Zhang Junmin (second from right) and his band perform the Lao Qiang music special in northwest China's Shaanxi province. The character behind the stage means "drama"; Lao Qiang music used to accompany puppet plays and includes a strong storytelling component.
When Guns N' Roses released the album Chinese Democracy five years ago, a Chinese Foreign Ministry spokesman commented that, questions of politics aside, the GNR sound just wasn't most Chinese folks' cup of tea.
"According to my knowledge," he said, "a lot of people don't like this kind of music because it's too noisy and too loud."
If you looked at a weather map today, you saw a whole lot of red. Temperatures are in the upper 90s across the country and states in New England and the mid-Atlantic are sweltering in record-high temperatures. In New York City, parks are keeping public fountains running a little longer and gates opened a little later. Sarah Gonzales of member station WNYC spent an evening in the Inwood neighborhood on the northern tip of Manhattan to see how residents are coping.
Of course, there is another American who worked for this country's intelligence gathering apparatus who's in legal limbo. The case of Edward Snowden, the former government contractor who leaked classified information to the media, is being followed internationally. Currently, Snowden is holed up in a Moscow airport while he tries to get temporary asylum, as he figures out a way to get to one of several countries that have offered him shelter from U.S. charges of espionage.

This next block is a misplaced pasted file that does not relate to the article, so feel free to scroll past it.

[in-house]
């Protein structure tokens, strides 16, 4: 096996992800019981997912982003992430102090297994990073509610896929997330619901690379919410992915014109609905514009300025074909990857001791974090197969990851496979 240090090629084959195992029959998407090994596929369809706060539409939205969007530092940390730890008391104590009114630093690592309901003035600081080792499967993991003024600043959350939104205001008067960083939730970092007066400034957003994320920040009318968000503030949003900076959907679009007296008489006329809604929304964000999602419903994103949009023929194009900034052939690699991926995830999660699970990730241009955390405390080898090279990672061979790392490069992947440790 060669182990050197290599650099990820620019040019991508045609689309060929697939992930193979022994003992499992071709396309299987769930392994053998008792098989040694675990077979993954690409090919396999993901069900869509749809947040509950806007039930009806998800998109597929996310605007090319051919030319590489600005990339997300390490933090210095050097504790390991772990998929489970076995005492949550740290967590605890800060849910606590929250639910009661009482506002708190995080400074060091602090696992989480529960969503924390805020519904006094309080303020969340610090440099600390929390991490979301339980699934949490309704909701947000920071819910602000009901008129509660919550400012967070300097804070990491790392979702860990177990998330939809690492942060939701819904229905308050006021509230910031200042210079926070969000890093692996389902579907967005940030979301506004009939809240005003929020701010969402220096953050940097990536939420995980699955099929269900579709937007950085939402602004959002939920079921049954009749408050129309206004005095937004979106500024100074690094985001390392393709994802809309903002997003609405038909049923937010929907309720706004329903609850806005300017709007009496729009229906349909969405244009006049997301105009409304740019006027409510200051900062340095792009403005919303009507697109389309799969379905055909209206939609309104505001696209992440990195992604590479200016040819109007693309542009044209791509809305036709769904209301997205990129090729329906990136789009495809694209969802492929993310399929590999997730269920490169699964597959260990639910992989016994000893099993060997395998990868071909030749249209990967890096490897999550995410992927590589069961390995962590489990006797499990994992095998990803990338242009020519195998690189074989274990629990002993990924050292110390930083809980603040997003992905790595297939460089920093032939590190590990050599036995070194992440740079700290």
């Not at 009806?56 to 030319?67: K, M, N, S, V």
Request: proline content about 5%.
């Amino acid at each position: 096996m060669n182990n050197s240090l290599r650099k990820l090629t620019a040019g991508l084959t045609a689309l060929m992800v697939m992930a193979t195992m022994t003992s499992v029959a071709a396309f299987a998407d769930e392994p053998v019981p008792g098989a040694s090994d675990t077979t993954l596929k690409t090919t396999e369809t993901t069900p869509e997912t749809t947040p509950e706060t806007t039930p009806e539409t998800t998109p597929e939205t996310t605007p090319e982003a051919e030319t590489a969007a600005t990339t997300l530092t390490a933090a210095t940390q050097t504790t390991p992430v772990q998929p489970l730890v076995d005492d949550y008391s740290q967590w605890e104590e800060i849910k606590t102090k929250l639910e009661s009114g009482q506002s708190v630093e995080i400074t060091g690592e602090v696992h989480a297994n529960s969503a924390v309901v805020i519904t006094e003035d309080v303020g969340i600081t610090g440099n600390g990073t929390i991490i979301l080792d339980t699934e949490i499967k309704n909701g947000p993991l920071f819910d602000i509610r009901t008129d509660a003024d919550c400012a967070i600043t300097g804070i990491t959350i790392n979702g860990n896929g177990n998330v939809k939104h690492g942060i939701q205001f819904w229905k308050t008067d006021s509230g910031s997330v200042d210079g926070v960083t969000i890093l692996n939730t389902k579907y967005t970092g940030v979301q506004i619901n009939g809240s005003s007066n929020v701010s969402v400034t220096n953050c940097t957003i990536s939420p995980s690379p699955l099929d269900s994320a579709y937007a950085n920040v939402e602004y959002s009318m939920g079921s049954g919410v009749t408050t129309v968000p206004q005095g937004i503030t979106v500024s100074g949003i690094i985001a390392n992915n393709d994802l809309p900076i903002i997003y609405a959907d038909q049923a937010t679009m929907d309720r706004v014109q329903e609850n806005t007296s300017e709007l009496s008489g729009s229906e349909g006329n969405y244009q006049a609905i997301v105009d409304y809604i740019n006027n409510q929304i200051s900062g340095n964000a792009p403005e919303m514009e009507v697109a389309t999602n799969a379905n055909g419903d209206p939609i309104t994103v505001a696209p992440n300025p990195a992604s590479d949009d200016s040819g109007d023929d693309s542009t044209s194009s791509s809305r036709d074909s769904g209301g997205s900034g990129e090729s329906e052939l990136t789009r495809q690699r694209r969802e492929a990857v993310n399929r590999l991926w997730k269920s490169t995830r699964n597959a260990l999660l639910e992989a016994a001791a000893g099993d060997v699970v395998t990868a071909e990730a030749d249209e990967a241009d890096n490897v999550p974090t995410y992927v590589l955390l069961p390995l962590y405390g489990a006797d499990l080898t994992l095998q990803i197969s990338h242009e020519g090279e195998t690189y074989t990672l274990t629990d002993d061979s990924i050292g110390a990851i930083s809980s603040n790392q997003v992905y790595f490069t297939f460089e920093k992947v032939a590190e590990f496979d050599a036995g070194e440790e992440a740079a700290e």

A helicopter carries VIPs to the Brazilian Grand Prix in Sao Paulo in 2010. Politicians taking expensive helicopters and government planes have generated controversy in Brazil.
Credit Jefferson Bernardes / AFP/Getty Images
A helicopter is refueled at an airfield in Sao Paulo in 2009. The wealthy rely on helicopters in Brazil to avoid the gridlocked traffic. Politicians who frequently use helicopters, even for short commutes, are now coming under criticism.
Unlike New York Mayor Michael Bloomberg, who often takes the subway to work, some prominent politicians in Brazil have a far more impressive way of getting around: private helicopters and government planes.
Perhaps the most over-the-top example of the trend is that of Rio de Janeiro state Gov. Sergio Cabral. A recent magazine expose showed that his commute to work is only about 6 miles.
A federal judge considering a constitutional challenge to drone strikes that killed three U.S. citizens in Yemen says she's "troubled" by the idea that the courts have no role to play in what's essentially a political dispute.
Over nearly two hours of arguments in her standing-room-only Washington, D.C. courtroom, Judge Rosemary Collyer repeatedly pressed the Obama administration about its claim to a broad right to use lethal force against Americans engaged in conflict overseas, demanding more than once that government lawyers put a "fence" around their position.
In Remembrance of Things Past, Marcel Proust marvels at how the taste of "plump little cakes called 'petites madeleines'" brought forth memories of Sunday mornings at Combray when he walked into to his aunt Léonie's bedroom to say good morning.
Proust describes what scientists came to term an autobiographical memory. It's the kind of thing that many thought was uniquely human.